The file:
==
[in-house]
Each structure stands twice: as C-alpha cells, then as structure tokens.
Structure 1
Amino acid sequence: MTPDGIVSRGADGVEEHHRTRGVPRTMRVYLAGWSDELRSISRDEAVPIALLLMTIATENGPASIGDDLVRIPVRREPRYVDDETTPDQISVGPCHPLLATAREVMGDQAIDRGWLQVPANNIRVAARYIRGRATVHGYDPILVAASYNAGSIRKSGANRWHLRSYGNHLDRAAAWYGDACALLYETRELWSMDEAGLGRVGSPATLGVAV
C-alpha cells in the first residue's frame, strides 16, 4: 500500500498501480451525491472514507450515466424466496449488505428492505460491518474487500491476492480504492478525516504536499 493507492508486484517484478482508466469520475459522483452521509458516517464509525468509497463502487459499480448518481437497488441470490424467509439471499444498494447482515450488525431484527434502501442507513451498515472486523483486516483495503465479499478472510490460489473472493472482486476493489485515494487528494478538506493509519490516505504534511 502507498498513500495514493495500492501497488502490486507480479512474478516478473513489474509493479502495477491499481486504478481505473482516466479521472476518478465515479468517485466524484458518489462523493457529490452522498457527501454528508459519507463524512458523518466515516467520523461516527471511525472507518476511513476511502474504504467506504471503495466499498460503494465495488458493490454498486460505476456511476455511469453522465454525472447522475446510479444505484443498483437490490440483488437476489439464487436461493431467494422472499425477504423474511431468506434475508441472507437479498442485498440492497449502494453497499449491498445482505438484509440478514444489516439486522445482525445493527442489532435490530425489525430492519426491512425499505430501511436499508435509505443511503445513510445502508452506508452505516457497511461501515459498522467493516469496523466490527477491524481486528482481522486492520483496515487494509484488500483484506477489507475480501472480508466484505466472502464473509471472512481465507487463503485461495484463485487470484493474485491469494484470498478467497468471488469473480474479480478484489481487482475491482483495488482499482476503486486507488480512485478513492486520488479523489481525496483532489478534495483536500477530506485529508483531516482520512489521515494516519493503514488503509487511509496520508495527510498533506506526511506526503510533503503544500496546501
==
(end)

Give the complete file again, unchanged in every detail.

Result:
[in-house]
Each structure stands twice: as C-alpha cells, then as structure tokens.
Structure 1
Amino acid sequence: MTPDGIVSRGADGVEEHHRTRGVPRTMRVYLAGWSDELRSISRDEAVPIALLLMTIATENGPASIGDDLVRIPVRREPRYVDDETTPDQISVGPCHPLLATAREVMGDQAIDRGWLQVPANNIRVAARYIRGRATVHGYDPILVAASYNAGSIRKSGANRWHLRSYGNHLDRAAAWYGDACALLYETRELWSMDEAGLGRVGSPATLGVAV
C-alpha cells in the first residue's frame, strides 16, 4: 500500500498501480451525491472514507450515466424466496449488505428492505460491518474487500491476492480504492478525516504536499 493507492508486484517484478482508466469520475459522483452521509458516517464509525468509497463502487459499480448518481437497488441470490424467509439471499444498494447482515450488525431484527434502501442507513451498515472486523483486516483495503465479499478472510490460489473472493472482486476493489485515494487528494478538506493509519490516505504534511 502507498498513500495514493495500492501497488502490486507480479512474478516478473513489474509493479502495477491499481486504478481505473482516466479521472476518478465515479468517485466524484458518489462523493457529490452522498457527501454528508459519507463524512458523518466515516467520523461516527471511525472507518476511513476511502474504504467506504471503495466499498460503494465495488458493490454498486460505476456511476455511469453522465454525472447522475446510479444505484443498483437490490440483488437476489439464487436461493431467494422472499425477504423474511431468506434475508441472507437479498442485498440492497449502494453497499449491498445482505438484509440478514444489516439486522445482525445493527442489532435490530425489525430492519426491512425499505430501511436499508435509505443511503445513510445502508452506508452505516457497511461501515459498522467493516469496523466490527477491524481486528482481522486492520483496515487494509484488500483484506477489507475480501472480508466484505466472502464473509471472512481465507487463503485461495484463485487470484493474485491469494484470498478467497468471488469473480474479480478484489481487482475491482483495488482499482476503486486507488480512485478513492486520488479523489481525496483532489478534495483536500477530506485529508483531516482520512489521515494516519493503514488503509487511509496520508495527510498533506506526511506526503510533503503544500496546501